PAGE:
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InfraRed Zooms

 

I’ve been looking into sources for zoom lenses that have been coated for InfraRed shooting - or how difficult it would be to coat lenses for it.  

We did a shoot recently using Panasonic LT’s with the IR-cut filter removed, as well as a Canon ME20 (mostly in visible light mode and at ridiculously high ISO, but it also easily flips out the IR-cut filter with a simple menu selection).  

The issue is when using IR LED’s that are in the shot (or any source that gives off a decent amount of IR)… you get some pretty bad internal reflections, because the lenses are coated for the 350-750’ish nm range - and we’re letting the higher wavelengths get to the sensor.  

So I wanted to gather sources and info on coating lenses for IR reflections.  
Say a 24-290, 18-85 or a 19-90 cabrio, just as some examples of what could be needed.  

Prime lenses were somewhat better (less elements) but still not immune.  
It only takes one internal “mirror” to give an annoying / offset of a hotter IR source in the frame. 
But the show would really need a few zooms so that’s the main goal. 

In this case, any lens darkening due to the coating would be trivial  - we have plenty of IR light to light for it.  

Any help / resources greatly appreciated. 

mdp 

Mark Doering-Powell, ASC
LA based DP 

Mako Koiwai
 

Lots of info here: https://kolarivision.com/the-science-of-infrared-hotspots/

Stopping down typically makes it worse.

Read about their special anti-reflection coating.


makofoto, s. pasadena, ca

 

Mako writes:
Lots of info here:  https://kolarivision.com/the-science-of-infrared-hotspots/
Stopping down typically makes it worse.
Read about their special anti-reflection coating.

Great info.  Thanks.
That HSK filter seems to do the trick at the sensor level, but judging from what I saw and how the reflections moved with pan/tilt and zoom, the worst reflections were within the zoom elements - and it was only one element in particular.  That’s what made me wonder if coating at least that one offending element would do the trick (this was a 19-90 cabrio).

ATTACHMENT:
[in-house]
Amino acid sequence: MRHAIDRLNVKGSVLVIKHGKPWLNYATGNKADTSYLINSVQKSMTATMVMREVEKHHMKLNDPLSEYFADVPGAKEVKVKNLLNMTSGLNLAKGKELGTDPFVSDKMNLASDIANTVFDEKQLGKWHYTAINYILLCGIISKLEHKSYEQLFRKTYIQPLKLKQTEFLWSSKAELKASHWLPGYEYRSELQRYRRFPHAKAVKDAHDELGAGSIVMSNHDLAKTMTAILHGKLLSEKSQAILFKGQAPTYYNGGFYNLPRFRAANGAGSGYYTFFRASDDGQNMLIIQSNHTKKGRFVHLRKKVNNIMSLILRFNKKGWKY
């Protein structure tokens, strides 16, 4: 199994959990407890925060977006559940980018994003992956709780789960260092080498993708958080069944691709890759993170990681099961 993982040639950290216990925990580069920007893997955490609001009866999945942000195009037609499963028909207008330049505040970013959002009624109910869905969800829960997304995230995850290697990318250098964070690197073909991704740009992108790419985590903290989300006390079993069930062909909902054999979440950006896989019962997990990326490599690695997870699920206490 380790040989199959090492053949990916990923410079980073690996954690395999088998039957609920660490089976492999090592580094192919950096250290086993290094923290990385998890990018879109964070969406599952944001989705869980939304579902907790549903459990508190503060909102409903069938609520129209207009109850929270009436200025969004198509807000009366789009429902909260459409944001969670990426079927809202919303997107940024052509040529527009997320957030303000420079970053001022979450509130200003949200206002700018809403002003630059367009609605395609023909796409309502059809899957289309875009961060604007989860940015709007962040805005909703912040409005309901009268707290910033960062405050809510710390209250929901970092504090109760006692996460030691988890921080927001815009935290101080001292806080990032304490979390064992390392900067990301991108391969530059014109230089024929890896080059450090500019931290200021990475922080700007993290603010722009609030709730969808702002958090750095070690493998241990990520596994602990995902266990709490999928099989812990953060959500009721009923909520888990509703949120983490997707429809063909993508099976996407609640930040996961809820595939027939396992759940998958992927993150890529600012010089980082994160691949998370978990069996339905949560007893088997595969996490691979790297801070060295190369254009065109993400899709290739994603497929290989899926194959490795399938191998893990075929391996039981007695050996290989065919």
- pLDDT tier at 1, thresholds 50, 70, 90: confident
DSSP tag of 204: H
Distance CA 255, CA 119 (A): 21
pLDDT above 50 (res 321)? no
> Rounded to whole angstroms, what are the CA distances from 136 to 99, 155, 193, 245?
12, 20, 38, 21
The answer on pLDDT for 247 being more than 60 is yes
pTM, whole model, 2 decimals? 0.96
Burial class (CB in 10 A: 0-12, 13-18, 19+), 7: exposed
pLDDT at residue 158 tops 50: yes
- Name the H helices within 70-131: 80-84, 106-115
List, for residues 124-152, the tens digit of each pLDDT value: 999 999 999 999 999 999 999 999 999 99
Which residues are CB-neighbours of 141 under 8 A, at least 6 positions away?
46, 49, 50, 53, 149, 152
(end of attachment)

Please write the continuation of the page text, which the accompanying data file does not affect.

Or if any pro lenses exist for larger sensors that have already coated for this.  

mdp 

Mark Doering-Powell, ASC
LA based DP 



Mark H. Weingartner
 

Or if any pro lenses exist for larger sensors that have already coated for this.
Might be worth a call or email to Dan Sasaki at PV Woodland Hills - I know that PV has done military contract stuff in the past and they’ve done a number of odd night-vision things that would have been very IR touchy.



Mark Weingartner, ASC
DP, VFX Supervisor, and Stereographer
Los Angeles based
vfxmark@...

Cigarettes make the sun come up
Whiskey makes the sun go down
And in between
We do a lot of standing around


http://www.schneiderentertainment.com/links/WEINGARTNER%20Full%20Client%20Resume.pdf
Represented by Schneider Entertainment Agency

Evolve Films
 

On 29-Aug-18 6:22 PM, Mark Doering-Powell, ASC via Cml.News wrote:
I’ve been looking into sources for zoom lenses that have been coated
for InfraRed shooting - or how difficult it would be to coat lenses
for it.
I have done a lot of work shooting IR. There is a fundamental issue with
zoom lenses that in most cases make them unsuitable for use with infra
red illumination. It comes back to the fact lenses are designed and
optimized for visible wavelengths. The much longer wavelengths of near
infra red, 0.75–1.4 µm means that the spacing between lens elements is
not optimized for the wavelengths used with IR illumination.  Given zoom
lenses have many more elements than prime lenses this causes more
issues, often halos, flares and generally soft images. So I generally
stay clear of zoom lenses for this reason.

There is also an issue caused by internal reflections from the interior
of the lens barrels when IR light is reflected where visible light is
absorbed. Again causing flares and halos and  central spots.

I find that generally simpler the lens design the better the results. I
my experience often older prime lenses give best results, especially
early Zeiss prime series or older (FD series) long (300mm plus) Canon
prime still lenses seem to work quite well. (possibly because of simpler
coatings or barrel design)

It is also advisable to use IR band pass filters in front of the lens to
block visible light and only allow the specific IR wavelengths you want
to pass.

There is a website that contains a lot of information re IR/UV shooting
for stills and video. https://www.lifepixel.com/

Mark Lamble ACS DP Evolve Films Woodend Australia

FYI I have no association with lifepixel but have used their services.

circle_of_confusion@...
 

On Fri, Aug 31, 2018 at 09:27 PM, Evolve Films wrote:
There is also an issue caused by internal reflections from the interior
of the lens barrels when IR light is reflected where visible light is
absorbed. Again causing flares and halos and  central spots.
I second this, go with the most simple optical design lenses you can find and you'll be better off than with more complicated.  With the hotspots your only practical solution generally is to change your angle in relation to the angle of light entering the lens, but that may not be possible depending on what you are shooting.

Good luck!


Illya Friedman
President
Hot Rod Cameras
Burbank, CA
www.hotrodcameras.com